The Pine Bluff City Council failed Monday evening to pass a resolution submitted by Fourth Ward Alderman Steven Mays that would have repealed a resolution championed by former Ward One Alderman Irene Holcomb a year ago that set the stage for partisan municipal elections.
“I was against this resolution last year and I am against it now, one year later,” Mays said in the discussion period prior to the council vote. “I believe partisan municipal officials will be focused on their party and not on the people of this city. I am also concerned about the younger candidates having to pay high fees associated with being party affiliated.”
Ward Three Alderman Glen Brown cited historical precedent in his defense of the existing resolution.
“The party system is the American way,” Brown said. “This country was founded on that. It’s an exciting thing to see the Democratic and Republican candidates in presidential elections. We vote for Democratic and Republican candidates in county races as well as state races and national races. I don’t think city elections should be any different.”
In other business the council approved a resolution on third and final reading that was the topic responsible for the abrupt adjournment of the Dec. 2 council meeting. Submitted by Mays, the measure prohibits the unlawful discarding and dumping of solid waste and promotes increased surveillance of known illegal dumping locations.
Mayor Debe Hollingsworth adjourned the Dec. 2 meeting early, citing the inability to maintain order in the Council Chambers after discussion on the anti-dumping measure became heated.
Ward Four Alderman George Stepps asked Hollingsworth on Monday whether a meeting took place between Pine Bluff Police Department Chief Jeff Hubanks and members of the Westside Loop Neighborhood Watch Association.
“Yes, they did meet to discuss whether the current language of the anti-dumping ordinance should stay how it is or should be changed,” Hollingsworth said. “They decided it should stay the way it is.”
Mays spoke in support of his measure.
“This will give us an opportunity for a fresh start on addressing illegal dumping in Pine Bluff,” Mays said.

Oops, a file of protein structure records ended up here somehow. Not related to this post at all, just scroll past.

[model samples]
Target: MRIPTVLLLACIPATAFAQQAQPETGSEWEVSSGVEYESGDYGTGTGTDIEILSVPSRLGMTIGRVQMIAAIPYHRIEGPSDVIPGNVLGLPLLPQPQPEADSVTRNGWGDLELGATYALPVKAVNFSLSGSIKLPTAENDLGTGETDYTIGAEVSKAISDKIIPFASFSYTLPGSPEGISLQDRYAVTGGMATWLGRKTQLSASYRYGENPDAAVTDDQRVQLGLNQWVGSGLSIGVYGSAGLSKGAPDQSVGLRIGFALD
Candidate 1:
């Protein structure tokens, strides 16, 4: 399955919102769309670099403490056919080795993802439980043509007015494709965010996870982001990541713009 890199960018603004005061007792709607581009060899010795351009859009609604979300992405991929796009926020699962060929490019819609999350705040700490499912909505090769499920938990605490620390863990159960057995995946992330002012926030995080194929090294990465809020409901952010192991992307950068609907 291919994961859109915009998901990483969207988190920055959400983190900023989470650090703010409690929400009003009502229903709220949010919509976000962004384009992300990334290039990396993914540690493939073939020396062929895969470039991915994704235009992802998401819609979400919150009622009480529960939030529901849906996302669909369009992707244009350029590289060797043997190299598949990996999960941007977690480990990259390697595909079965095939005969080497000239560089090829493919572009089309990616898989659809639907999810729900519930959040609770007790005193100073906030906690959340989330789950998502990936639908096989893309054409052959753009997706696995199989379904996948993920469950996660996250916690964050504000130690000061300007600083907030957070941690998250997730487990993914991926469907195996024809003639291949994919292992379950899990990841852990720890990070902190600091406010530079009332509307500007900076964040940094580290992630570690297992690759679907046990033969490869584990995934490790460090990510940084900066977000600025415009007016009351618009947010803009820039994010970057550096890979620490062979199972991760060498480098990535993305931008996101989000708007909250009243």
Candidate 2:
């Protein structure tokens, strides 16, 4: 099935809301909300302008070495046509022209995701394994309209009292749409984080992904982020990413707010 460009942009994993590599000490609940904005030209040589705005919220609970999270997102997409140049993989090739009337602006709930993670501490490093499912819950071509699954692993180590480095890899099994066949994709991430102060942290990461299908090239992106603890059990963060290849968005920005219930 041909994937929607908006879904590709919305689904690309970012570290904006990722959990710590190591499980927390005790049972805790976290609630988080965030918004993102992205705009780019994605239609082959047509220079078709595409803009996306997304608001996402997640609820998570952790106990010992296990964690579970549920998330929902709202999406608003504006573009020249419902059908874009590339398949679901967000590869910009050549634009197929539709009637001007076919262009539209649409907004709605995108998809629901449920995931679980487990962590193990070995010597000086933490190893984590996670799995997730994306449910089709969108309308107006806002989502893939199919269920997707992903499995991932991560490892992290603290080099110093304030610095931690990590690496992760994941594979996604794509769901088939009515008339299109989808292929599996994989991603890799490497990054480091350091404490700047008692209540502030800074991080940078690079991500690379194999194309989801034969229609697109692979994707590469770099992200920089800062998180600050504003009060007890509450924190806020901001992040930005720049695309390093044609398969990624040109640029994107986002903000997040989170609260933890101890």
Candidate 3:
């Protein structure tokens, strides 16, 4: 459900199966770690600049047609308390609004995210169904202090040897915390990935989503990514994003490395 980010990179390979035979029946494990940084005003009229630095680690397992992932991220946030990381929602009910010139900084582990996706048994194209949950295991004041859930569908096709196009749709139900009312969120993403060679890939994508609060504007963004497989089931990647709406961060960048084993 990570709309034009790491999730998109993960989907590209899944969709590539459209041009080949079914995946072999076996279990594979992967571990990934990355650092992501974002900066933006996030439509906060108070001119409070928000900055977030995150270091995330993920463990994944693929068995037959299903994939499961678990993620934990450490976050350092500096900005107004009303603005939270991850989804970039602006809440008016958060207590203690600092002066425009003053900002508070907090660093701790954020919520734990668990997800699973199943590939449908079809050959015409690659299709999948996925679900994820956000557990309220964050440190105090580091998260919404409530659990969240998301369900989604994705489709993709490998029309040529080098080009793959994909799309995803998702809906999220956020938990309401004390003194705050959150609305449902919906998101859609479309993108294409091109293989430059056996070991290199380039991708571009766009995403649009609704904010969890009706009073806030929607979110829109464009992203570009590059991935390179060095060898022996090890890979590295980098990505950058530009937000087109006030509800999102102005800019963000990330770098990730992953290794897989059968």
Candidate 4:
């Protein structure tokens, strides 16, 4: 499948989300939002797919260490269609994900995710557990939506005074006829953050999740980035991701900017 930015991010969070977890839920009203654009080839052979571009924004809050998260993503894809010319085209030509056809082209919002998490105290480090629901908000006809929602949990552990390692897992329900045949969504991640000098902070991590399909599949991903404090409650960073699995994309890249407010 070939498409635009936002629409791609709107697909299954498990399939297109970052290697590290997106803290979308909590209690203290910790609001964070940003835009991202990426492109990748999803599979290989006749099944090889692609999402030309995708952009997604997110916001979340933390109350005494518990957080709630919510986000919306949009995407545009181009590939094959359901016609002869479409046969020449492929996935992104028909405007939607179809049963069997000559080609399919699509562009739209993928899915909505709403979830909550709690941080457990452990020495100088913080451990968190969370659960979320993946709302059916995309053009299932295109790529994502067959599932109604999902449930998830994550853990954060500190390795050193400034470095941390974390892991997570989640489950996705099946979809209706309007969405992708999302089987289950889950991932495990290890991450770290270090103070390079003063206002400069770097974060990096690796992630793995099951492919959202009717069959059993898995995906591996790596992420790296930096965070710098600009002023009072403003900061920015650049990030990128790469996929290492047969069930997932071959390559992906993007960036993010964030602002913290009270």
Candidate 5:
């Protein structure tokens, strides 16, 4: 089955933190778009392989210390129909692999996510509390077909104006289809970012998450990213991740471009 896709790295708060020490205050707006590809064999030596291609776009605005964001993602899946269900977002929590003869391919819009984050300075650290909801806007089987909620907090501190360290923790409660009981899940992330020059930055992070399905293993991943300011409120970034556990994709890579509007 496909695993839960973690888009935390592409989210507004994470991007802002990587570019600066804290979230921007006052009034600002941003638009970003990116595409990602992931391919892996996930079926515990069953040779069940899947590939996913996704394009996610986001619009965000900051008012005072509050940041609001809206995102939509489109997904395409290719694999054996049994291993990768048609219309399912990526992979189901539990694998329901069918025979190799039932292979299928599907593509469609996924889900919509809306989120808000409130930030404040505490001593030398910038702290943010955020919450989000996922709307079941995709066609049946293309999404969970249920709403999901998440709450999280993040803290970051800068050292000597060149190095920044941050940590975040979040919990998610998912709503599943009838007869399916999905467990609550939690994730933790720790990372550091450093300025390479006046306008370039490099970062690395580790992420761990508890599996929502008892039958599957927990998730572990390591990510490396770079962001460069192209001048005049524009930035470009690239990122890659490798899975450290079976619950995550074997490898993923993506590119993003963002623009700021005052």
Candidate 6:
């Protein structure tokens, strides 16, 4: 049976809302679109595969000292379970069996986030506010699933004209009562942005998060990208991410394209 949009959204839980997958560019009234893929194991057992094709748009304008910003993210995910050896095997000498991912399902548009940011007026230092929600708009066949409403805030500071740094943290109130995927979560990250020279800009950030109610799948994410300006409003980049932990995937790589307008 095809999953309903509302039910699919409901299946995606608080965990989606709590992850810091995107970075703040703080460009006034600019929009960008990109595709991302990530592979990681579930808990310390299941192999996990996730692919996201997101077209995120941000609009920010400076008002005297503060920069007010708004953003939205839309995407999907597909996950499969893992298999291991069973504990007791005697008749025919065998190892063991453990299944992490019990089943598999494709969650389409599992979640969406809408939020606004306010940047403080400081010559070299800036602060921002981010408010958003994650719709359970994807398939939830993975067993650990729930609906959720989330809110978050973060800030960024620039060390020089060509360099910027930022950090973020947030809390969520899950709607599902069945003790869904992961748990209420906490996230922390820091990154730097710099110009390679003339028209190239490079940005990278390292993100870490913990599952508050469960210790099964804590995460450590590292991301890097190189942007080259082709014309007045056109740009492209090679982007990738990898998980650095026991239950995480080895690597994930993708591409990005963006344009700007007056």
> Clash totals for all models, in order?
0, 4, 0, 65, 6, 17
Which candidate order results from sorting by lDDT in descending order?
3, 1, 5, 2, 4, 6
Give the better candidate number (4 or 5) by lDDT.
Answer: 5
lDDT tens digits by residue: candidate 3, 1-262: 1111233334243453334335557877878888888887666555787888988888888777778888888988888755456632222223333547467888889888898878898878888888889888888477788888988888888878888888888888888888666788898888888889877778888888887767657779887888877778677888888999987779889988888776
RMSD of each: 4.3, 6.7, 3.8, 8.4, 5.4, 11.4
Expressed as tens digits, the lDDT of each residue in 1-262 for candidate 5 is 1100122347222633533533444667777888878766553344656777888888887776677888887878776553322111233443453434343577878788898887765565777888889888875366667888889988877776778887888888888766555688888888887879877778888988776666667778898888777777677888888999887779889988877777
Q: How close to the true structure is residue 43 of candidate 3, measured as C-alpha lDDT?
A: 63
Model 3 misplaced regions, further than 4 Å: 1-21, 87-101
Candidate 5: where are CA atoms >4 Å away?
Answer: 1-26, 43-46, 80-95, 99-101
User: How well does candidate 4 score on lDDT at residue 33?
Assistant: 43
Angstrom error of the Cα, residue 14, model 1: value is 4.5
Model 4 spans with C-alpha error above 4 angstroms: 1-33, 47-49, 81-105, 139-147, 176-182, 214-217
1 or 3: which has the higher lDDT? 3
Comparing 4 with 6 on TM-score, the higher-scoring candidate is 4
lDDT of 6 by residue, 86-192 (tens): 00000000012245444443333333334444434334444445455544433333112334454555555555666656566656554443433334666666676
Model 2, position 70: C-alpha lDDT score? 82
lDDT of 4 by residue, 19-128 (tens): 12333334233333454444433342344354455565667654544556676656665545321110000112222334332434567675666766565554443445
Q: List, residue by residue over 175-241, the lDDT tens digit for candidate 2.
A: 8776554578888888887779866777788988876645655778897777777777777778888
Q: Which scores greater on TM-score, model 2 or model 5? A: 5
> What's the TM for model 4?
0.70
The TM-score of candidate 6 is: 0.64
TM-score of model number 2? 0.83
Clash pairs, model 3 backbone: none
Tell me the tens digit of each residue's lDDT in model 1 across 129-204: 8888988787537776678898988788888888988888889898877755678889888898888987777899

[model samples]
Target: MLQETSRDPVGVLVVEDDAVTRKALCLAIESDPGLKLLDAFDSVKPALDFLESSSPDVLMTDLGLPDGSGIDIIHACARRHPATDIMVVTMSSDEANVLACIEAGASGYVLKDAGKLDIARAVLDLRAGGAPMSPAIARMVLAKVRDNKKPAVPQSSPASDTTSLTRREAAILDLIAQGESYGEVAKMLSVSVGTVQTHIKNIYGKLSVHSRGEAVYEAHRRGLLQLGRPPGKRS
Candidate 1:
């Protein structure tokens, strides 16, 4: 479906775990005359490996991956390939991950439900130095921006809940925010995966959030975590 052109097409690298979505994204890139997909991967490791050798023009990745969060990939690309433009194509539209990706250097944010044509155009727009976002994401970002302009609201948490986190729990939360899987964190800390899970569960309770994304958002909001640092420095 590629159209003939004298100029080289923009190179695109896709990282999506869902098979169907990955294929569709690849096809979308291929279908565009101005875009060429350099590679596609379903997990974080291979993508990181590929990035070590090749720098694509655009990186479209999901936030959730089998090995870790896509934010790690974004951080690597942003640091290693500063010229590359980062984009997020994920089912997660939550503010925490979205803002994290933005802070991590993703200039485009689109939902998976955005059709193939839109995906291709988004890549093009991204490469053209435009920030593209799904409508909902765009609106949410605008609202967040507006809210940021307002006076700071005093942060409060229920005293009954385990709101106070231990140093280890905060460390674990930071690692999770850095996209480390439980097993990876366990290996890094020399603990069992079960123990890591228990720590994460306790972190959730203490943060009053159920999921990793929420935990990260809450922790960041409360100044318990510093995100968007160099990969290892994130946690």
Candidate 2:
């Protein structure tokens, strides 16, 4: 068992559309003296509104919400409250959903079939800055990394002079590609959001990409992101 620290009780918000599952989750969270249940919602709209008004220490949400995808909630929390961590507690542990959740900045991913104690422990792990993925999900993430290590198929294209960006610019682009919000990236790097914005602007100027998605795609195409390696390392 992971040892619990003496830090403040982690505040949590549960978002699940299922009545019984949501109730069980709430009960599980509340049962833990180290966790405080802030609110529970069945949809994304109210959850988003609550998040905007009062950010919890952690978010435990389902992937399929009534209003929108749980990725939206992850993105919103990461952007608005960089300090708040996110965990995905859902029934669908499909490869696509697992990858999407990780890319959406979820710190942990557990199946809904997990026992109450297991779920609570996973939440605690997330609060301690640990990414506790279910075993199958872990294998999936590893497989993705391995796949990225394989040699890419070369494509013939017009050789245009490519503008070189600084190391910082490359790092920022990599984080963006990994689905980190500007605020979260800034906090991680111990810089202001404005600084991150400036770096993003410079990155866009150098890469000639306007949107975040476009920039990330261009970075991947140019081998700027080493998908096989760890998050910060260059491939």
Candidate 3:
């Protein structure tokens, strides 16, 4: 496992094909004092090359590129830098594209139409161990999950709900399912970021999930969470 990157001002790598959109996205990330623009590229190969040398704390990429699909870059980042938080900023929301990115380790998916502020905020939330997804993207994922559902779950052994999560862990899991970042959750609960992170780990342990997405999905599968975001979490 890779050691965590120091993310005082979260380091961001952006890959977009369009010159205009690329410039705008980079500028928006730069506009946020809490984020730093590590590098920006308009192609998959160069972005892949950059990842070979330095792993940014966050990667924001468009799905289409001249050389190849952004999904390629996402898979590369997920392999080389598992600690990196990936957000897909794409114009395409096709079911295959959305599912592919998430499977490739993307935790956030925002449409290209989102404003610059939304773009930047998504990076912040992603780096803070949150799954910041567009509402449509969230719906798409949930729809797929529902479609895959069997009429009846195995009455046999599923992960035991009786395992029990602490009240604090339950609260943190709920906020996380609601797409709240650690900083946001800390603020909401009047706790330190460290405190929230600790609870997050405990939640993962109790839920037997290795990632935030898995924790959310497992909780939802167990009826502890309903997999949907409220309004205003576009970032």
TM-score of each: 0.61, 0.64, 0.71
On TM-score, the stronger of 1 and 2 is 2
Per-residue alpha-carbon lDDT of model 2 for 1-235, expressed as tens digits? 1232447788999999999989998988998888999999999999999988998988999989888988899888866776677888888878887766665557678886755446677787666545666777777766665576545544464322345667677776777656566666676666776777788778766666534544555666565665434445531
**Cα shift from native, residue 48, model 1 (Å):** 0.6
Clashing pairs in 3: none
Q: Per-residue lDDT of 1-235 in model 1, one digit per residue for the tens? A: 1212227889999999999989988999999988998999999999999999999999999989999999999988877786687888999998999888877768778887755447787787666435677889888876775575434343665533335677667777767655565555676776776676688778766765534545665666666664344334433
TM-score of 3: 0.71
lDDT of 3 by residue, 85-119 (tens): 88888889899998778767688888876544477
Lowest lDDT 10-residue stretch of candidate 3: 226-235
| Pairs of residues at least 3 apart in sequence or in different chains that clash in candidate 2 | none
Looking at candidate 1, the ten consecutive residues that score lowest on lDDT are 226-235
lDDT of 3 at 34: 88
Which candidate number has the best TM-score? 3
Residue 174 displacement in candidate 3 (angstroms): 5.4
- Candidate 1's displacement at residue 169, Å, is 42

The council approved an ordinance adopting a community forestry plan for the City of Pine Bluff after suspending the rules to allow it to be moved up to a third and final reading from its original first reading spot on the agenda. Brown and Ward One Alderman Thelma Walker voted against the measure.
“Why are we making this an emergency?” Brown asked in reference to the rules suspension measure. “If there is an end- of-the-year time limit on this then why was it not brought to us before Dec. 2? This is a lengthy ordinance and not all of it has been explained sufficiently.”
The measure is the first step in having Pine Bluff formally recognized as a Tree City USA municipality, as described to the council in the Dec. 2 meeting by Chris Stuhlinger, a System Forest Manager with the University of Arkansas Cooperative Extension Service
“This ordinance calls for the creation of a tree board,” Stuhlinger said. “A tree board was actually already formed and has been meeting regularly since mid-summer. The goal is to have Pine Bluff classified as a Tree City U.S.A. There are already 43 Arkansas communities that have been designated this way.”
Stuhlinger said the requirements for Tree City U.S.A. status include having an Arbor Day ceremony and official proclamation every year, a tree board, a tree care ordinance and the spending of at least $2 per city resident on tree-related work including leaf removal and tree pruning.
The council approved an ordinance up for its third and final reading to rezone a piece of property on the east side of the intersection of U. S. Highway 63 and Ridgway Road from residential to commercial.
“The property owner lives in Hot Springs and wants the property to be rezoned so that a small eatery can be built at that location,” said Zoning Department official Lakisha Hill. “This is within the plan of the city, which is to see this area become commercial.”
The council approved a resolution appointing James. A. L. Walker to the Pine Bluff/Jefferson County Board of Trustees.
The council approved an ordinance on third and final reading amending Ordinance No. 6463 to clarify the authority of the City Council regarding cost of living increases for the local firefighters’ pension fund.
The council approved a resolution authorizing Hollingsworth to contract with Hydco, Inc. for the construction of the Lake Saracen Splash Park.
The council approved a resolution authorizing Hollingsworth to enter into an agreement to purchase real property at 217 Beech St. which is located to the north of the proposed Splash Park site, after being contacted by the property owner. The mayor is authorized to spend up to $8,700 plus closing costs to purchase the property.